Dick Cavett is the host of “The Dick Cavett Show”—which aired on ABC from 1968 to 1975 and on public television from 1977 to 1982—Dick Cavett is the author, most recently, of Talk Show: Confrontations, Pointed Commentary, and Off-Screen Secrets. The co-author of Cavett (1974) and Eye on Cavett (1983), he has also appeared on Broadway in Otherwise Engaged and Into the Woods, and as narrator in The Rocky Horror Show, and has made guest appearances in movies and on TV shows including Forrest Gump and The Simpsons. His column appears in the Opinionator blog on The New York Times website. Mr. Cavett lives in New York City and Montauk, N.Y. Even if you don’t give a damn about chess, or Bobby Fischer, you’ll find yourself engrossed by Frank Brady‘s book about Fischer, which reads like a novel.

The facts of Bobby’s life (I knew him from several memorable appearances on “The Dick Cavett Show” on both sides of the Big Tournament) are presented in page-turner fashion. Poor Bobby was blessed and cursed by his genius, and his story has the arc of a Greek tragedy—with a grim touch of mad King Lear at the end.

The brain power and concentrated days and nights Bobby spent studying the game left much of him undeveloped, unable to join conversations on other subjects. Later in his life, unhappy with his limited knowledge of things beyond the chess board, he compensated with massive study—applying that same hard-butt dedication to other fields: politics, classics, religion, philosophy and more. He found a hide-away nook in a Reykjavic bookstore—barred from his homeland, Iceland had welcomed him back—where he read in marathon sessions. (After he was recognized, he never went back to his cozy cul de sac.)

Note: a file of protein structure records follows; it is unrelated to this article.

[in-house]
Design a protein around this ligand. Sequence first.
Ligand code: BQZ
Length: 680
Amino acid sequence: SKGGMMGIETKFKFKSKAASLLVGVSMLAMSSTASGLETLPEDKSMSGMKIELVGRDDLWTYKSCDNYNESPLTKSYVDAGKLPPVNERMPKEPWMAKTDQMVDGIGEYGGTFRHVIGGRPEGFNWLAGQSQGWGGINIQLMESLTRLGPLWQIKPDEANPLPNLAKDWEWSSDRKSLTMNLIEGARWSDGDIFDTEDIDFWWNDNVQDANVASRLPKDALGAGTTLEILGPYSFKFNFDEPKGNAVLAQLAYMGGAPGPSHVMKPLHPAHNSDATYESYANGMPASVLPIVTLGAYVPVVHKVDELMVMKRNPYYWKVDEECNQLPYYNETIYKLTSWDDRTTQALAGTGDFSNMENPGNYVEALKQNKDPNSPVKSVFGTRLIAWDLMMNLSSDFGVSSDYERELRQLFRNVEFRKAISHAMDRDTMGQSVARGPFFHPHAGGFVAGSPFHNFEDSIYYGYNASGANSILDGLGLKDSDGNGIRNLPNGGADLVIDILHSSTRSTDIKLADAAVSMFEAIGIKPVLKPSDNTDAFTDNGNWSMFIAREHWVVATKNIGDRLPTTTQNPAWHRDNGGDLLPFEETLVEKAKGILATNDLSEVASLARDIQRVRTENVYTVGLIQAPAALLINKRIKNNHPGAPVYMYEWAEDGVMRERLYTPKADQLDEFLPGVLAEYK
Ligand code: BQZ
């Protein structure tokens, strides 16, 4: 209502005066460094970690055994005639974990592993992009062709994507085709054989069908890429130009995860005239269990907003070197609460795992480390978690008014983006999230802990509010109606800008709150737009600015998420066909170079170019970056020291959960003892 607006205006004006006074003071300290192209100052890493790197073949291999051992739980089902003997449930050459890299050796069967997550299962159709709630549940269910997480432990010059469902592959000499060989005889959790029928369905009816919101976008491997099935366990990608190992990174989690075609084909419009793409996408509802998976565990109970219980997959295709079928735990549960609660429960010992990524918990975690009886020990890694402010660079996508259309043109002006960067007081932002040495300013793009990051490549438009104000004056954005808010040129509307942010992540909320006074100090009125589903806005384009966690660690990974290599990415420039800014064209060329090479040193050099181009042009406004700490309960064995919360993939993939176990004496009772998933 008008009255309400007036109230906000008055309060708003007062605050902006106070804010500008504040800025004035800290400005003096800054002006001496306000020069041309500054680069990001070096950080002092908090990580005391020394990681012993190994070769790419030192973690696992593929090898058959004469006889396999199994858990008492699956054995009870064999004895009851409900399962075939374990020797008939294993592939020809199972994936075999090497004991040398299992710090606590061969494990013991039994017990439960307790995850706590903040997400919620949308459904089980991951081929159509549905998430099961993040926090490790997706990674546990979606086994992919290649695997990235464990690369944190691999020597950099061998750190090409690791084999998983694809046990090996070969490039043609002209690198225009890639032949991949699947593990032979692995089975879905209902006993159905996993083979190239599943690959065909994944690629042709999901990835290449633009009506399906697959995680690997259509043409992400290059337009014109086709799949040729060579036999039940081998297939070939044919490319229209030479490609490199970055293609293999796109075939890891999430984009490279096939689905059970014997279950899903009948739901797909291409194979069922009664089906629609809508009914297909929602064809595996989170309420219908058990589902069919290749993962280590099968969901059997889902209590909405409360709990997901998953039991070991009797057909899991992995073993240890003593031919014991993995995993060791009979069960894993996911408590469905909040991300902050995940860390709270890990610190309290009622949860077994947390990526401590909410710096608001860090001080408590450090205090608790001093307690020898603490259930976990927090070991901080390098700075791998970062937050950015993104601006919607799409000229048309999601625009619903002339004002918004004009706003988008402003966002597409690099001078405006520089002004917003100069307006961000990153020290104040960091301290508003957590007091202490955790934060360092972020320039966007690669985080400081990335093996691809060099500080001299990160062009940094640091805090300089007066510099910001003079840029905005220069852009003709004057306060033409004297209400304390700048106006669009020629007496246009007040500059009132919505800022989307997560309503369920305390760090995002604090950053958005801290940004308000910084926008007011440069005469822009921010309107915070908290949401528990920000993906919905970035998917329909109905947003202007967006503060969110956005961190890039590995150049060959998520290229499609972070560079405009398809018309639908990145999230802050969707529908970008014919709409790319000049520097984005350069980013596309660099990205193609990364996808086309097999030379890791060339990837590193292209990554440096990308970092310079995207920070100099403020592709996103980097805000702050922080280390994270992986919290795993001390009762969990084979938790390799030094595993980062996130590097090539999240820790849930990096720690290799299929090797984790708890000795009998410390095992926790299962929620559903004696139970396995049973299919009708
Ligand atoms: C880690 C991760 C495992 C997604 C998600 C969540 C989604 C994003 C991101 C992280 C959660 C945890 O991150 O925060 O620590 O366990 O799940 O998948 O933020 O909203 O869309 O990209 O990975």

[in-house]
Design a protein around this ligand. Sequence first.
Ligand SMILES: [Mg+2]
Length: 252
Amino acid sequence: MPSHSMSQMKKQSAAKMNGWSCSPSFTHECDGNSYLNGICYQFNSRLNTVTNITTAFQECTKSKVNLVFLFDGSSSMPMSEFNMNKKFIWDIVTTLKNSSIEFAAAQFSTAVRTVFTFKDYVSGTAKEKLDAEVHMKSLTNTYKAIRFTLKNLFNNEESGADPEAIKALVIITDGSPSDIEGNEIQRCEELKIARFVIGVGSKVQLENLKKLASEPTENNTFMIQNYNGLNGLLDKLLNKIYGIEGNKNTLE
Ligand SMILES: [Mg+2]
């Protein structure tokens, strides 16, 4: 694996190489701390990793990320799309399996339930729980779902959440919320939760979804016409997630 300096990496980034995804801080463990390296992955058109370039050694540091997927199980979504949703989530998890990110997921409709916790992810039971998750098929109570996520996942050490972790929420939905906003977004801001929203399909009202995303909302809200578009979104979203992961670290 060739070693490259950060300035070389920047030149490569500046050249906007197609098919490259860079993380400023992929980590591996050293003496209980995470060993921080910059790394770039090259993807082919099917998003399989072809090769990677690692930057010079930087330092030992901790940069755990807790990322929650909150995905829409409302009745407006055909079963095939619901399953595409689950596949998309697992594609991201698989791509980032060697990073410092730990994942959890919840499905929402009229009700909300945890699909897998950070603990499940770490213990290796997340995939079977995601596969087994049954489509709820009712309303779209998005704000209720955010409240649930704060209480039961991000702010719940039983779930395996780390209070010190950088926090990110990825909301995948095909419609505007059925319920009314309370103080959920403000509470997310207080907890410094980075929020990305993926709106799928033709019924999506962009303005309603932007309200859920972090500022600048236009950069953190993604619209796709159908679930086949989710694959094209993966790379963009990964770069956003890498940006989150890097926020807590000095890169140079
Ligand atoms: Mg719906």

In Brady’s telling the high drama of the Spassky match quickens the pulse; the contest that made America a chess-crazed land was seen by more people than the Superbowl. People skipped school and played sick in vast numbers, glued to watching Shelby Lyman explain what was happening. The fanaticism was worldwide. The match was seen as a Cold War event, with the time out of mind chess-ruling Russian bear vanquished.

Arguably the best known man on the planet at his triumphant peak, Bobby is later seen in this account riding buses in Los Angeles, able to pay his rent in a dump of an apartment only because his mother sent him her social-security checks. The details of all this are stranger than fiction, as is nearly everything in the life of this much-rewarded, much-tortured genius.

I liked him immensely, knowing only the tall, broad-shouldered, athletically strong and handsome six-foot-something articulate and yes, witty, youth that Bobby was before the evil times set in, with deranged anti-Semitic outbursts and other mental strangeness preceding his too early end at age 64.

I can’t ever forget the moment on the show when in amiable conversation I asked him what, in chess, corresponded to the thrill in another sort of event; like, say, hitting a homer in baseball. He said it was the moment when you “break the other guy’s ego.” There was a shocked murmur from the audience and the quote went around the world.

Frank Brady’s Endgame is one of those books that makes you want your dinner guests to go the hell home so you can get back to it.